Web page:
CNB News Releases
Agriculture, Fisheries and Aquaculture

Army worm infestation update (01/07/13)

NB 683

July 13, 2001

FREDERICTON (CNB) - About 12,000 hectares (30,000 acres) of mostly grain and forage crops in New Brunswick are now affected by the army worm caterpillars, the Department of Agriculture, Fisheries and Aquaculture reported Friday.

Most areas of the province have reported the presence of the caterpillars, but the areas experiencing the heaviest infestations at this time are in southtern and western New Brunswick, from Sackville to Grand Falls, including Charlotte County.

It is believed the infestation is now past the peak period. By the end of next week, the worst should be over. A final determination of infestation levels and damage in the province will not be available before harvest time.

The department is advising farmers to monitor their crops frequently. Farmers who do experience problems with large populations should consult with crop development officers at the local office of the Department of Agriculture, Fisheries and Aquaculture to obtain advice on the best corrective action to be used for various crop situations.

Army worms are not new to New Brunswick, They are present every year, but in smaller numbers and more localized. Infestations are cyclical. The last recorded major infestations in New Brunswick date back to 1964 and 1975. Years following these infestations, crops rebounded back to normal levels.

After their feeding frenzy, army worms burrow three to five centimetres into the ground to develop into pupae. Normally, harsh winters, natural predators and parasites keep populations in check. However, this past winter, snow fell before the ground was fully frozen allowing a number of army worms to survive the winter and turn into egg-laying moths in the spring.

A large number of moths have also been blown into New Brunswick from the Southern United States. The problem was further compounded by a cold, wet spring - weather that is less effective in controlling army worm population levels.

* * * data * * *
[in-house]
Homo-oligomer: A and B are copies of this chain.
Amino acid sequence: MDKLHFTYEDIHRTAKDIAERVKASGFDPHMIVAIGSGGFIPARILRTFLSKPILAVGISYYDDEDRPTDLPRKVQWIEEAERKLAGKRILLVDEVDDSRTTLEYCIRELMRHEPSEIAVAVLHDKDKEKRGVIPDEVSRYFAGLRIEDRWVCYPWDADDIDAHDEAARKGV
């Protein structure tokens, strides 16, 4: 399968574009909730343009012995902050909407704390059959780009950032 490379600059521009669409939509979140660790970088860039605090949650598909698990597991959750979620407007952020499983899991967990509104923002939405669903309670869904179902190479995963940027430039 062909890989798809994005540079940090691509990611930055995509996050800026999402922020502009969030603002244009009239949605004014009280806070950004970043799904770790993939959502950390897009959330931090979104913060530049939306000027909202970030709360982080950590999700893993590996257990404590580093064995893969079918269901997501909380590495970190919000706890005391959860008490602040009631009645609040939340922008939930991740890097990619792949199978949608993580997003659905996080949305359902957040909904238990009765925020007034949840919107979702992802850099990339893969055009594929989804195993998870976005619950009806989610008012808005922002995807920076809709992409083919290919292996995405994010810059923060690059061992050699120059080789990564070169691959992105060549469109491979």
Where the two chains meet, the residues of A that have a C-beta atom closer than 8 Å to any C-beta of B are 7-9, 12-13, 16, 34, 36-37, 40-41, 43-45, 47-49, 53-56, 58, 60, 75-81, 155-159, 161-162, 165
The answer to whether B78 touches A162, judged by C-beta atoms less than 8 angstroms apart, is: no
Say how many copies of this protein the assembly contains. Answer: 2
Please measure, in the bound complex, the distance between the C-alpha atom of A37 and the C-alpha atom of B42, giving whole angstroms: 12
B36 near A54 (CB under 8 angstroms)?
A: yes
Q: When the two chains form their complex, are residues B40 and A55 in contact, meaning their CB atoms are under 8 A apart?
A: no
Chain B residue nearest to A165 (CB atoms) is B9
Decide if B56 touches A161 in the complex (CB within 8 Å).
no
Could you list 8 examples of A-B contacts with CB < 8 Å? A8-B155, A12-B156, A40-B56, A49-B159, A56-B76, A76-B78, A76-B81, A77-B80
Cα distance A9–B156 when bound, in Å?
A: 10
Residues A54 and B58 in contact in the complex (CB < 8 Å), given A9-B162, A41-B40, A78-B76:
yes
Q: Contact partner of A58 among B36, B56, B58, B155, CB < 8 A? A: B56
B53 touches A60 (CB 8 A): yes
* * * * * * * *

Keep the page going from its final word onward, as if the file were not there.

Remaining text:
The army worm feeds mainly on grasses and targets grain crops, such as oats, barley, wheat and rye. It will also feed on forage crops, as well as field and sweet corn.

More than 30,000 hectares (75,000 acres) of grain crops are grown in New Brunswick. There are also more than 68,000 hectares (170,000 acres) of alfalfa and other forage crops and 1,600 hectares (4,000 acres) of silage corn. The province's dairy and beef industries, worth $100 million, depend largely on these forage crops for livestock feed. It is estimated that the combined value of the grain and forage crops is in the $35 to $40-million range.

Damage is not as significant on the forage crops as many farmers were able to carry out a first cut before the infestations began.

From a crop insurance perspective, registered producers experiencing crop losses due to army worm infestations are being monitored closely by field staff to ensure they are aware that insect damage is covered under the department crop insurance policy.

Insured grain crops include barley, oats, wheat and mixed grains grown as feed or pedigreed seed. Although forage crops are not insured, farmers will be able to apply for assistance under the Canadian Farm Income Program or those eligible for the Net Income Stabilization Accounts can draw from their accounts if their overall net farm income declines.


MEDIA CONTACT: Alain Bryar, communications, Agriculture, Fisheries and Aquaculture, (506) 457-6766.